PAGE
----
Acts of Worship: Communal works of Piety include congregational worship, sharing in the sacraments (Baptism and Communion), Christian conferencing, which holds us accountable to others, and group Bible Study.

The individual works are self-explanatory. You might find a few thoughts on the communal works helpful.

In Communion, we experience the real presence of Jesus. Part of that experience is that we are doing this together with others and God is present in our midst. This is grace upon grace.

Why is Baptism a means of grace? My own experience has been that the longer I have journeyed with Jesus, the more my blessings have come from seeing how God is working in someone else’s life, not my own. When we do a Baptism in church, I am filled with joy and what God has done in the life of the person before us. That is grace.

Finally, Christian conferencing is a fancy way to say that we cannot journey alone. According to John Wesley, support without accountability promotes moral weakness. Accountability without support is a form of cruelty. Christian conferencing provides both support and accountability. In Wesley’s day, the primary way this was done was the class meeting. The modern day equivalent would be an effective small group.

Works of Mercy

These means of grace are outwardly focused and help us to grow in our relationship with others, as well as God.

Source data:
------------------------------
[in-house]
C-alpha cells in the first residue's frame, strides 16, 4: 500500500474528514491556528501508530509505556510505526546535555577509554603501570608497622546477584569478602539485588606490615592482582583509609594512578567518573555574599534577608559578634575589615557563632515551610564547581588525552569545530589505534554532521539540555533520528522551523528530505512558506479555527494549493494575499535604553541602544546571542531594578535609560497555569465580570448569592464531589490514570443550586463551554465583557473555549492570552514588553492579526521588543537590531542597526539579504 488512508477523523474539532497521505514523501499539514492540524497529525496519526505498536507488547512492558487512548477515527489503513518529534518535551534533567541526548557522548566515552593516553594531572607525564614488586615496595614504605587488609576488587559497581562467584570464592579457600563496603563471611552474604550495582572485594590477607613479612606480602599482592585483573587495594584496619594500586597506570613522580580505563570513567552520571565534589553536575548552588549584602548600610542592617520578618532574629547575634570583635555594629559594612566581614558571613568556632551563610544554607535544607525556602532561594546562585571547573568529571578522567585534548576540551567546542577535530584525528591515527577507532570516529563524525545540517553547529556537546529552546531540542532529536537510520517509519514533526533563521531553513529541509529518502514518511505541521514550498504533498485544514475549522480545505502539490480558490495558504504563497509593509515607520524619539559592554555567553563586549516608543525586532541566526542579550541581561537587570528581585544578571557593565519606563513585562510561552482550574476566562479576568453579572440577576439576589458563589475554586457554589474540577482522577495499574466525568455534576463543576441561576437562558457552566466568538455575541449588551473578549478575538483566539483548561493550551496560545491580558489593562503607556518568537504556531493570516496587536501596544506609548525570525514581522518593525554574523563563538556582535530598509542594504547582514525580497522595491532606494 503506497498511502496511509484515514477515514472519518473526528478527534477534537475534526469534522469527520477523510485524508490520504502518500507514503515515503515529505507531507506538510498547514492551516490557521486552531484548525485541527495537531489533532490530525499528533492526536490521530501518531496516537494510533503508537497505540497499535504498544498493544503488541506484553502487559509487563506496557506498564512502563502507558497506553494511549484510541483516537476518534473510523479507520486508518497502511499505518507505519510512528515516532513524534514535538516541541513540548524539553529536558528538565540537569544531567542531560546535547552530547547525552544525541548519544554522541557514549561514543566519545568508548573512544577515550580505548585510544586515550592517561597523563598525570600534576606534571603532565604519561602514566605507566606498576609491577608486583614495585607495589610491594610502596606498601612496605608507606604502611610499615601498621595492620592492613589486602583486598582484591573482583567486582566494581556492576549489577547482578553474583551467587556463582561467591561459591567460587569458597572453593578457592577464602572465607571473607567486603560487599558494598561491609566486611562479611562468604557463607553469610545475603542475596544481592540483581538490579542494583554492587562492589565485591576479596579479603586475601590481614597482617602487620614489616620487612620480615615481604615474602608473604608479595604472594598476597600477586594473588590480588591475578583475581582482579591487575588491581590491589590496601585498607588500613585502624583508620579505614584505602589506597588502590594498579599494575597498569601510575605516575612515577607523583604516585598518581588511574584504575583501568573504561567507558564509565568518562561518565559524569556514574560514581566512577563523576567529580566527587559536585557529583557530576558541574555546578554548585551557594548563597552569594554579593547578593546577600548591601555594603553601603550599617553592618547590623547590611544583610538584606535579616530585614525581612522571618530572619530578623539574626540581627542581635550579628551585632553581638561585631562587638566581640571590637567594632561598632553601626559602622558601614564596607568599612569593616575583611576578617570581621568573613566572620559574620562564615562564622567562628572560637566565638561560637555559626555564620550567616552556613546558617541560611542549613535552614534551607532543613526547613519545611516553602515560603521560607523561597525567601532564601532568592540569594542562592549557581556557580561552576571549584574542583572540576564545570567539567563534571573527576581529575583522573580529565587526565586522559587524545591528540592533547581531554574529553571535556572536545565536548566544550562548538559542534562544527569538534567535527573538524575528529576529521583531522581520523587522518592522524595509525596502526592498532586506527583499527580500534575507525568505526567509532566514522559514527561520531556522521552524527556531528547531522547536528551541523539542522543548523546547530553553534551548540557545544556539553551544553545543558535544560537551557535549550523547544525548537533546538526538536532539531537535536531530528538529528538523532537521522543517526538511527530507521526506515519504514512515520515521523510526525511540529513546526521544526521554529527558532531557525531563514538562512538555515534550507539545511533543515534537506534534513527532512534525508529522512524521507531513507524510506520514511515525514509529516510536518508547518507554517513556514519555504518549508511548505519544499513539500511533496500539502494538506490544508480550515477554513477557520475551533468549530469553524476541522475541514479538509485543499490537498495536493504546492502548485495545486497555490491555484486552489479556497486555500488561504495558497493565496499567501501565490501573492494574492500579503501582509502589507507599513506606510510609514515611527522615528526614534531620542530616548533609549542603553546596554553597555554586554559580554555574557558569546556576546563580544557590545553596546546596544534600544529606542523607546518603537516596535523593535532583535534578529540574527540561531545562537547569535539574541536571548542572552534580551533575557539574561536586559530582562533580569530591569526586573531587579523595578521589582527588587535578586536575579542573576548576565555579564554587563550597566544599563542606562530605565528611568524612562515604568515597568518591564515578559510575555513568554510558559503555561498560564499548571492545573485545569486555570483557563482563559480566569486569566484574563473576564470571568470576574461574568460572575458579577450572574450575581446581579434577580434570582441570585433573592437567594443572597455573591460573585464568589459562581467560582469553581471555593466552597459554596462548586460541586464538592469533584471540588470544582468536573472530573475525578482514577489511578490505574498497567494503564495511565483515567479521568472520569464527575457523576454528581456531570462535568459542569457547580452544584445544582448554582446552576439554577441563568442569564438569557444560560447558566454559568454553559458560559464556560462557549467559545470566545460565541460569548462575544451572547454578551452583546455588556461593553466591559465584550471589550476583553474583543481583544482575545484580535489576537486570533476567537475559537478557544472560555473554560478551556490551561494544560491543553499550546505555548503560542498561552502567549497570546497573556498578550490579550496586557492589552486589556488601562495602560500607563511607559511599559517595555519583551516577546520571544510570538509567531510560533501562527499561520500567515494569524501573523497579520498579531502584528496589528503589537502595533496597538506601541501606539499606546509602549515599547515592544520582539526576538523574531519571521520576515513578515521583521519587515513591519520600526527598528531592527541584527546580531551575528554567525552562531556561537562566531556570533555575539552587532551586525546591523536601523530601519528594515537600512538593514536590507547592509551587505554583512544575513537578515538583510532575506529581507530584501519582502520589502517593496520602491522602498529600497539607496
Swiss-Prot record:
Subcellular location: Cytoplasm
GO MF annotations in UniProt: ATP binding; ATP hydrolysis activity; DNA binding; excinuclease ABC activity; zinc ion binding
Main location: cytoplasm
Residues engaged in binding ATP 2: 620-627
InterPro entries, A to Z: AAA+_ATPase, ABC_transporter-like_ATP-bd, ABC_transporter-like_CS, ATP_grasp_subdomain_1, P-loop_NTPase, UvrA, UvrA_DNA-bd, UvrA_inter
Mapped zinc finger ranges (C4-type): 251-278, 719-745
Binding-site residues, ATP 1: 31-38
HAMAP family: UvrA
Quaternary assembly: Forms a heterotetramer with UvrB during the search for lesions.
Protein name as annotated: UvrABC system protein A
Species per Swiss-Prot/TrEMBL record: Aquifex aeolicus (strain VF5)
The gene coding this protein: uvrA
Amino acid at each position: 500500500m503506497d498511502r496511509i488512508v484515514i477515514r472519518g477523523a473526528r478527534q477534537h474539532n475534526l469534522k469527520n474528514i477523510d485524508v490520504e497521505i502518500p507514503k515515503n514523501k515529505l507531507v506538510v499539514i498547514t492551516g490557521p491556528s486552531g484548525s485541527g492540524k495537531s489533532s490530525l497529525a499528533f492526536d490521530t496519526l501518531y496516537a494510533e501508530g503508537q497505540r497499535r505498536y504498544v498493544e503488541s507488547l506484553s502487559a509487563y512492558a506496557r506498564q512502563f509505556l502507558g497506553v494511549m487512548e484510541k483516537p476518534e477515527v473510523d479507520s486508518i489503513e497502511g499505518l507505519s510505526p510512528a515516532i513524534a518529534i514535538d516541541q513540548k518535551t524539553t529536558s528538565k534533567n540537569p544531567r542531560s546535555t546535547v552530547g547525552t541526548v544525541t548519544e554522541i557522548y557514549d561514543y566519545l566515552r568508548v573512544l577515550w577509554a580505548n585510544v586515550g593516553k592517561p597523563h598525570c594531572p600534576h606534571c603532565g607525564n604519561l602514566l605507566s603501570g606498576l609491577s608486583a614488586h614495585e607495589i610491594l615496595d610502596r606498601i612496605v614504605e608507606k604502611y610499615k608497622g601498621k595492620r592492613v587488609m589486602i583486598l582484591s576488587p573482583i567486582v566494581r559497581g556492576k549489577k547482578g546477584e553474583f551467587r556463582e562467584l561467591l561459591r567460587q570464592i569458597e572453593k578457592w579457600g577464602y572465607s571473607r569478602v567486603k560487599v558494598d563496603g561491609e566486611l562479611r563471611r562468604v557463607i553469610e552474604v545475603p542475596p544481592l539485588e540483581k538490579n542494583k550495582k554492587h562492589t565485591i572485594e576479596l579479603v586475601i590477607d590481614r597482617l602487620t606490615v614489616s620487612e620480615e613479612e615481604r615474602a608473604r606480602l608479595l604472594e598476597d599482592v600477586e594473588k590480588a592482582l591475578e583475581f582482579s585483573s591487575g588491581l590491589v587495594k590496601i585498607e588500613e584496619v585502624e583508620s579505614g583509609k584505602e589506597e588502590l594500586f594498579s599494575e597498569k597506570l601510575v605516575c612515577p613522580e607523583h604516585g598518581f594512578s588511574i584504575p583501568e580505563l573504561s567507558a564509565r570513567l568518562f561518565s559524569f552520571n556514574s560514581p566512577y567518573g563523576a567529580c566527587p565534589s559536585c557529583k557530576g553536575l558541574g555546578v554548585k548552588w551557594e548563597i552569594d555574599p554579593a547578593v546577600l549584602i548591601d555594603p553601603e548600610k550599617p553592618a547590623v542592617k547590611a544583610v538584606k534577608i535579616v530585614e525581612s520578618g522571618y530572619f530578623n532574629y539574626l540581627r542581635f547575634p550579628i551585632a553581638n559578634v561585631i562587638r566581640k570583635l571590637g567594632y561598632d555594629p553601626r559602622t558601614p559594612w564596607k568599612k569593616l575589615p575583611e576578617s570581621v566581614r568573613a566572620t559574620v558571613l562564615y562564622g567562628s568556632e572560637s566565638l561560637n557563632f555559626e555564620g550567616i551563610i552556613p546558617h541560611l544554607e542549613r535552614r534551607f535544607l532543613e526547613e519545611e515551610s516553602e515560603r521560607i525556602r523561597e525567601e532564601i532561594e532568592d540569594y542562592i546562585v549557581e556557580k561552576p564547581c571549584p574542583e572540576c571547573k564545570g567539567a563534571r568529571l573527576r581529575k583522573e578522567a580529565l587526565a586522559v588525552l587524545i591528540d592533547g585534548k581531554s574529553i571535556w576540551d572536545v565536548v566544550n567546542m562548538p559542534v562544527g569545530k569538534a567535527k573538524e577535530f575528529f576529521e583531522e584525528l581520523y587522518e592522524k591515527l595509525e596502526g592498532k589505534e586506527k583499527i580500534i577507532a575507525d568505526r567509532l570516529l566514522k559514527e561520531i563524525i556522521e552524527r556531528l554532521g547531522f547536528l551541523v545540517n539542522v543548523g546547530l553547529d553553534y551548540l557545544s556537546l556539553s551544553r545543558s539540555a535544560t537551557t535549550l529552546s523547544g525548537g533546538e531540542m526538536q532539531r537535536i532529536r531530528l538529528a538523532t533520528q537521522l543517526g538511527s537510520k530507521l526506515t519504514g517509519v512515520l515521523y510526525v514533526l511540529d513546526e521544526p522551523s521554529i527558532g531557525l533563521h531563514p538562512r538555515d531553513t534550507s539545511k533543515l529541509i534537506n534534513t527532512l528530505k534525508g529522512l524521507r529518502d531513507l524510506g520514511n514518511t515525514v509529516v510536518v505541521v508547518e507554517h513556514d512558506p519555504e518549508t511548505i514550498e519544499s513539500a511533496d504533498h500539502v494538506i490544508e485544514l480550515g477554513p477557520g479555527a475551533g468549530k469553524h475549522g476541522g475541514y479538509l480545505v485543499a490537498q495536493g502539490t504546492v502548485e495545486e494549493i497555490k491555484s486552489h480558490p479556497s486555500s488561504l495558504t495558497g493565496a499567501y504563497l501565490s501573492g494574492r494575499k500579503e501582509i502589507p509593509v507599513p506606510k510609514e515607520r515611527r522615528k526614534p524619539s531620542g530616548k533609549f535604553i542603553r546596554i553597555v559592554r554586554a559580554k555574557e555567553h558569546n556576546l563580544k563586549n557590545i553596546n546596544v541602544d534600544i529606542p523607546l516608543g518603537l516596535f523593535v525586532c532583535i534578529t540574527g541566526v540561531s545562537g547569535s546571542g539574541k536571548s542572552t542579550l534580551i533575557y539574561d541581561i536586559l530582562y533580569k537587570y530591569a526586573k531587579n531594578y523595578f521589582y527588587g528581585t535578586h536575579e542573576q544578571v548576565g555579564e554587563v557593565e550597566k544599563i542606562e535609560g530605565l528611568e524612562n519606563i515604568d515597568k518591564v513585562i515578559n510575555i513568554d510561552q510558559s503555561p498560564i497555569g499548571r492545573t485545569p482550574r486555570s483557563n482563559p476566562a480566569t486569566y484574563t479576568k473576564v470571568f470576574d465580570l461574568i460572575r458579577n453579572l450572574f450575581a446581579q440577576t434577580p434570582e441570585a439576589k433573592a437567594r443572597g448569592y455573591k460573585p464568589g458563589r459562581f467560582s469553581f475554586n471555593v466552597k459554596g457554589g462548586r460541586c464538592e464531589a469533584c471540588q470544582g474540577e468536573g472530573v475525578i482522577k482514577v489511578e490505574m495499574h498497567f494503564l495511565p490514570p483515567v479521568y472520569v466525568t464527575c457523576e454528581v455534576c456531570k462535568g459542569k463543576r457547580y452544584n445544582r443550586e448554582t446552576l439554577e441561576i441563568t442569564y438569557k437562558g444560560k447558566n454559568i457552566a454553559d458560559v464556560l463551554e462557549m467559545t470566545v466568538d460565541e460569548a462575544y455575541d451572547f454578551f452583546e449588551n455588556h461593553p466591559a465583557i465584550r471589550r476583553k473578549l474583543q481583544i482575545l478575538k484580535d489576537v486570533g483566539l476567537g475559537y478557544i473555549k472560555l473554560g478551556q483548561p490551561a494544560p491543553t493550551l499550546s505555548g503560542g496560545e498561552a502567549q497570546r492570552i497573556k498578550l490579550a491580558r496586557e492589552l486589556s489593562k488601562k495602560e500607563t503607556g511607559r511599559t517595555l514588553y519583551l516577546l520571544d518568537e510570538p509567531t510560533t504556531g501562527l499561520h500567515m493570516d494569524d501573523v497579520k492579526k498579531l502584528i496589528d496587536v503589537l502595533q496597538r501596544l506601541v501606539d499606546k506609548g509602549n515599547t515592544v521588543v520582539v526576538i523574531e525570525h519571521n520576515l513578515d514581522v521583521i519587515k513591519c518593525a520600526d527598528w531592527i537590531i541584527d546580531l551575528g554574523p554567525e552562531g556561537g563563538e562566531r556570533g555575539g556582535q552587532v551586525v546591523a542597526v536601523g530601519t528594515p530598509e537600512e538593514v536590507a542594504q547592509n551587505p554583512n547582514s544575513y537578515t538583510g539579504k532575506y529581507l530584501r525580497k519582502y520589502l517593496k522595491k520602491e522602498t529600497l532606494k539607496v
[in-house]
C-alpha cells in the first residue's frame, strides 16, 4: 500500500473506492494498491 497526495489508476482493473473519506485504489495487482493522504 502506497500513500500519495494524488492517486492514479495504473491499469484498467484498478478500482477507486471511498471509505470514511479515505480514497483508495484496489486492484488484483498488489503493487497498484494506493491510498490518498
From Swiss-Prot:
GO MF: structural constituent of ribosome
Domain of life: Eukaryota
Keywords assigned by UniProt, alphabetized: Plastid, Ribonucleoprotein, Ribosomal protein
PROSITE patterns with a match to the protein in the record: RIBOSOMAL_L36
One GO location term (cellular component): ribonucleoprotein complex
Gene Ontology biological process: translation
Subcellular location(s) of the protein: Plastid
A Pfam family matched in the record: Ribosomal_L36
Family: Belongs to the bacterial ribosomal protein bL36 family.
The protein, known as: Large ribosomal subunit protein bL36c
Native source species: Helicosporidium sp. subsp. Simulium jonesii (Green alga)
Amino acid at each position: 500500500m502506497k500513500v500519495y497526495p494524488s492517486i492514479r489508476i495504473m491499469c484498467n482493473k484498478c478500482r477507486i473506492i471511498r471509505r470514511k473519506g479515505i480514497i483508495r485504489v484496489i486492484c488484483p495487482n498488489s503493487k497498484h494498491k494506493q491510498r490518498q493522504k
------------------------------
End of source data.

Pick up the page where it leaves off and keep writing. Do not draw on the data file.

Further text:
Acts of Compassion: Individual works of Mercy include doing good works, visiting the sick and those in prison, feeding the hungry, sheltering the homeless and giving sacrificially.

Acts of Justice: Communal works of Mercy aim to end the systemic causes of injustice and oppression that cause the need for our individual works of Mercy in the first place. Working to end poverty, homelessness and discrimination of any kind are communal works of Mercy.

If you are a United Methodist geek, you may recognize that this format is used in Covenant Discipleship (CD) groups. CD groups are specifically focused on the means of grace in the Wesleyan tradition. I have participated in CD groups and can testify to their value. Although, I will say that any small group that is well-designed and well-led can help you to avail yourself of the means of grace.

Back to my friend’s question. How do you nurture mature disciples of Jesus?

The means of grace.

Here is the caveat. It’s difficult to nurture the means of grace in another. You can definitely have an impact on others when journeying together. But you can’t give them the desire for grace. That’s between each person and God.

You can lead a person to the well, but you can’t make them drink the living water.

As a church, we can share what a mature disciple of Jesus looks like. We can teach people about the means of grace. We can encourage people to grow in grace. Ultimately, the best thing each of us can do is grow in grace ourselves.

Questions for Reflection:

How are you growing in grace?

What individual practices would you like to start?

What communal practices would you like to start?